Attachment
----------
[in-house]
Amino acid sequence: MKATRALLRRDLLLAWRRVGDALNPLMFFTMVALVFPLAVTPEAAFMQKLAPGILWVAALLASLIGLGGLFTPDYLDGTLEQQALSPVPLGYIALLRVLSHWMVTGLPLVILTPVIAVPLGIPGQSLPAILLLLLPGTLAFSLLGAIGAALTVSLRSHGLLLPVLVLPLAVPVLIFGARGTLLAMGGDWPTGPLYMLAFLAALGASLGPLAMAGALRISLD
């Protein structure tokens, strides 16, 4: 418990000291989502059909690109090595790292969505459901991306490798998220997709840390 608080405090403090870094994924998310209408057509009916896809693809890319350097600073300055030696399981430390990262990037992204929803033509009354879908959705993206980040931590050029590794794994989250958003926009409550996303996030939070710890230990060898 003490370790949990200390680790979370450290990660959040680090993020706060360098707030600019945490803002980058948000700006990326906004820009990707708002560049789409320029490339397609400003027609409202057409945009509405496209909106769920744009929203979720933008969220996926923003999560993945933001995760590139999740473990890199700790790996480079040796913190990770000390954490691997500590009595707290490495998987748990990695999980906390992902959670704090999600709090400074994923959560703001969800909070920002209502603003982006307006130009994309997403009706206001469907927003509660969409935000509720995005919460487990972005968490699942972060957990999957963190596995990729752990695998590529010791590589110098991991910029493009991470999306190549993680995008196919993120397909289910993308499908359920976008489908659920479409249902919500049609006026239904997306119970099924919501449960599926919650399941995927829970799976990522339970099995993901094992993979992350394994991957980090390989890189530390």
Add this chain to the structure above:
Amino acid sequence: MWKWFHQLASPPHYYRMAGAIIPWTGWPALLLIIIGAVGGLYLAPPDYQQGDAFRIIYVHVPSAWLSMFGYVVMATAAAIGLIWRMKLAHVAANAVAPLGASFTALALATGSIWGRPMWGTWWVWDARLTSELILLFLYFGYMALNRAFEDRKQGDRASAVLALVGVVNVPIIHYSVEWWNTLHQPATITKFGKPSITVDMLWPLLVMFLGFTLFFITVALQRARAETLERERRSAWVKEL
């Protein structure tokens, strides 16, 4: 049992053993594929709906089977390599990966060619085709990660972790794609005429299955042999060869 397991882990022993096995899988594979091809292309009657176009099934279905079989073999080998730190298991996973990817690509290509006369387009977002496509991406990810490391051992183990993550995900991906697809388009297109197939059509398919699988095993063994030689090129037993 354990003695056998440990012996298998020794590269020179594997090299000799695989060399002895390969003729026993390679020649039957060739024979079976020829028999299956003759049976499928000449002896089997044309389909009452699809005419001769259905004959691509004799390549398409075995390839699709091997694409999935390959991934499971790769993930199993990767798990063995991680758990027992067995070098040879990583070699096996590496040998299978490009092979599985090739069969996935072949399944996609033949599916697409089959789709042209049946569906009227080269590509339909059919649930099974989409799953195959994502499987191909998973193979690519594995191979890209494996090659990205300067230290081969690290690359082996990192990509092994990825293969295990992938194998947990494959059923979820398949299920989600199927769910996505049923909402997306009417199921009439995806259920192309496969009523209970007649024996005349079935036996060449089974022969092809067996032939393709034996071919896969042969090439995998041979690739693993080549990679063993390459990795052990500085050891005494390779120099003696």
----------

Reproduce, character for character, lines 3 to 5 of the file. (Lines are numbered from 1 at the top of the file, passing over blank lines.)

């Protein structure tokens, strides 16, 4: 418990000291989502059909690109090595790292969505459901991306490798998220997709840390 608080405090403090870094994924998310209408057509009916896809693809890319350097600073300055030696399981430390990262990037992204929803033509009354879908959705993206980040931590050029590794794994989250958003926009409550996303996030939070710890230990060898 003490370790949990200390680790979370450290990660959040680090993020706060360098707030600019945490803002980058948000700006990326906004820009990707708002560049789409320029490339397609400003027609409202057409945009509405496209909106769920744009929203979720933008969220996926923003999560993945933001995760590139999740473990890199700790790996480079040796913190990770000390954490691997500590009595707290490495998987748990990695999980906390992902959670704090999600709090400074994923959560703001969800909070920002209502603003982006307006130009994309997403009706206001469907927003509660969409935000509720995005919460487990972005968490699942972060957990999957963190596995990729752990695998590529010791590589110098991991910029493009991470999306190549993680995008196919993120397909289910993308499908359920976008489908659920479409249902919500049609006026239904997306119970099924919501449960599926919650399941995927829970799976990522339970099995993901094992993979992350394994991957980090390989890189530390």
Add this chain to the structure above:
Amino acid sequence: MWKWFHQLASPPHYYRMAGAIIPWTGWPALLLIIIGAVGGLYLAPPDYQQGDAFRIIYVHVPSAWLSMFGYVVMATAAAIGLIWRMKLAHVAANAVAPLGASFTALALATGSIWGRPMWGTWWVWDARLTSELILLFLYFGYMALNRAFEDRKQGDRASAVLALVGVVNVPIIHYSVEWWNTLHQPATITKFGKPSITVDMLWPLLVMFLGFTLFFITVALQRARAETLERERRSAWVKEL